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Dialogue Summarization with Static-Dynamic Structure Fusion Graph
Shen Gao | Xin Cheng | Mingzhe Li | Xiuying Chen | Jinpeng Li | Dongyan Zhao | Rui Yan
Proceedings of the 61st Annual Meeting of the Association for Computational Linguistics (Volume 1: Long Papers)

Dialogue, the most fundamental and specially privileged arena of language, gains increasing ubiquity across the Web in recent years. Quickly going through the long dialogue context and capturing salient information scattered over the whole dialogue session benefit users in many real-world Web applications such as email thread summarization and meeting minutes draft. Dialogue summarization is a challenging task in that dialogue has dynamic interaction nature and presumably inconsistent information flow among various speakers. Many researchers address this task by modeling dialogue with pre-computed static graph structure using external linguistic toolkits. However, such methods heavily depend on the reliability of external tools and the static graph construction is disjoint with the graph representation learning phase, which makes the graph can’t be dynamically adapted for the downstream summarization task. In this paper, we propose a Static-Dynamic graph-based Dialogue Summarization model (SDDS), which fuses prior knowledge from human expertise and adaptively learns the graph structure in an end-to-end learning fashion. To verify the effectiveness of SDDS, we conduct experiments on three benchmark datasets (SAMSum, MediaSum, and DialogSum) and the results verify the superiority of SDDS.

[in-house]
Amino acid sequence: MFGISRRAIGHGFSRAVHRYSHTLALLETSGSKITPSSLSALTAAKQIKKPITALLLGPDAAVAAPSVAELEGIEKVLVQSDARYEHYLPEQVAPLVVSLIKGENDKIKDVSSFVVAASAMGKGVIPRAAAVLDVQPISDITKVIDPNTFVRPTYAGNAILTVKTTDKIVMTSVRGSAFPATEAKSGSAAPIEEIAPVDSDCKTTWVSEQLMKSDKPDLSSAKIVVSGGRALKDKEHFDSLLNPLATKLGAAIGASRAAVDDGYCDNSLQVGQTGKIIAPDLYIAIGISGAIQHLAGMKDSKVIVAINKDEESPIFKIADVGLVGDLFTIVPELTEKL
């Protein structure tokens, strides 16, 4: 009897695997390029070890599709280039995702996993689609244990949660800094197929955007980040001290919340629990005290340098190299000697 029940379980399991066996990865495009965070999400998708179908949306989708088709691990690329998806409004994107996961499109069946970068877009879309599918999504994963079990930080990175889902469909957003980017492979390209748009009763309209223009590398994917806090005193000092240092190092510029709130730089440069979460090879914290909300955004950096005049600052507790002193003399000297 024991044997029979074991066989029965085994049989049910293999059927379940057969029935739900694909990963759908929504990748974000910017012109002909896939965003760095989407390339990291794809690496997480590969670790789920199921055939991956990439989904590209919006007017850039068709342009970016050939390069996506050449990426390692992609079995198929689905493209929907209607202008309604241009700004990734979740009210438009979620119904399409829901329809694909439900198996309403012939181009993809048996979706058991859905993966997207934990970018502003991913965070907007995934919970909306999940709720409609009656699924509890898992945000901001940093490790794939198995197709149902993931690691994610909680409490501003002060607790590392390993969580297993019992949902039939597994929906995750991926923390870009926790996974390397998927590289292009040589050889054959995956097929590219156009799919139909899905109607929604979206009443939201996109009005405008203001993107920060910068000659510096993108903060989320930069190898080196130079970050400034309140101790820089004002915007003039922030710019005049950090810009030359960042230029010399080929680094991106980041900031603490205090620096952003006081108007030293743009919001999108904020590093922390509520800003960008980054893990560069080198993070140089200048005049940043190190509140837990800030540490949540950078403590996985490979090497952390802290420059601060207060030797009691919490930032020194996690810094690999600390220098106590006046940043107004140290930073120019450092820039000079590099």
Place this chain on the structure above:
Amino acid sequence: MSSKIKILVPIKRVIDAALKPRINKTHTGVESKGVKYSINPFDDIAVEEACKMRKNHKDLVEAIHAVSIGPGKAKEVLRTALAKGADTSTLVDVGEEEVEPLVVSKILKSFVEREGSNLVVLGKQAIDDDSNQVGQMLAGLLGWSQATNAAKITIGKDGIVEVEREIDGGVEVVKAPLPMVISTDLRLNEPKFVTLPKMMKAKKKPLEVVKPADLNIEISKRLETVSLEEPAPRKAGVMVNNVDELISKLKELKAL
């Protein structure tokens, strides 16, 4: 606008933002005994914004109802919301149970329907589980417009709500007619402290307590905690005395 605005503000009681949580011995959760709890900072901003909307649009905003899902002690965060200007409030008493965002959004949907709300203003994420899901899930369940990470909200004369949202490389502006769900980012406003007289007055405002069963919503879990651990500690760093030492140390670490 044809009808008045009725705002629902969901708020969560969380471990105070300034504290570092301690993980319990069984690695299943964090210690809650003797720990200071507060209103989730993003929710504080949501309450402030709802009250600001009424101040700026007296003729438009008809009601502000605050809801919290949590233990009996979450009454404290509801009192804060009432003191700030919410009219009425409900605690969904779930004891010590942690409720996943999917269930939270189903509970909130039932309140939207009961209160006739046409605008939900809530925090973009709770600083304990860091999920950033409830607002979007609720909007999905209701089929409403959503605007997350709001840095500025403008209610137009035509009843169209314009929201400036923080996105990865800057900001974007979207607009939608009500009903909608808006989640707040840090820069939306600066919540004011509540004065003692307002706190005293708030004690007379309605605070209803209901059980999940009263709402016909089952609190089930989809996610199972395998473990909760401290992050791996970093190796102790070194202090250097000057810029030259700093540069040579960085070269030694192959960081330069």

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PreQuant: A Task-agnostic Quantization Approach for Pre-trained Language Models
Zhuocheng Gong | Jiahao Liu | Qifan Wang | Yang Yang | Jingang Wang | Wei Wu | Yunsen Xian | Dongyan Zhao | Rui Yan
Findings of the Association for Computational Linguistics: ACL 2023

While transformer-based pre-trained language models (PLMs) have dominated a number of NLP applications, these models are heavy to deploy and expensive to use. Therefore, effectively compressing large-scale PLMs becomes an increasingly important problem. Quantization, which represents high-precision tensors with low-bit fix-point format, is a viable solution. However, most existing quantization methods are task-specific, requiring customized training and quantization with a large number of trainable parameters on each individual task. Inspired by the observation that the over-parameterization nature of PLMs makes it possible to freeze most of the parameters during the fine-tuning stage, in this work, we propose a novel “quantize before fine-tuning” framework, PreQuant, that differs from both quantization-aware training and post-training quantization. {pasted macro ‘OUR’} is compatible with various quantization strategies, with outlier-aware parameter-efficient fine-tuning incorporated to correct the induced quantization error. We demonstrate the effectiveness of PreQuant on the GLUE benchmark using BERT, RoBERTa, and T5. We also provide an empirical investigation into the workflow of PreQuant, which sheds light on its efficacy.

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SORTIE: Dependency-Aware Symbolic Reasoning for Logical Data-to-text Generation
Xueliang Zhao | Tingchen Fu | Lemao Liu | Lingpeng Kong | Shuming Shi | Rui Yan
Findings of the Association for Computational Linguistics: ACL 2023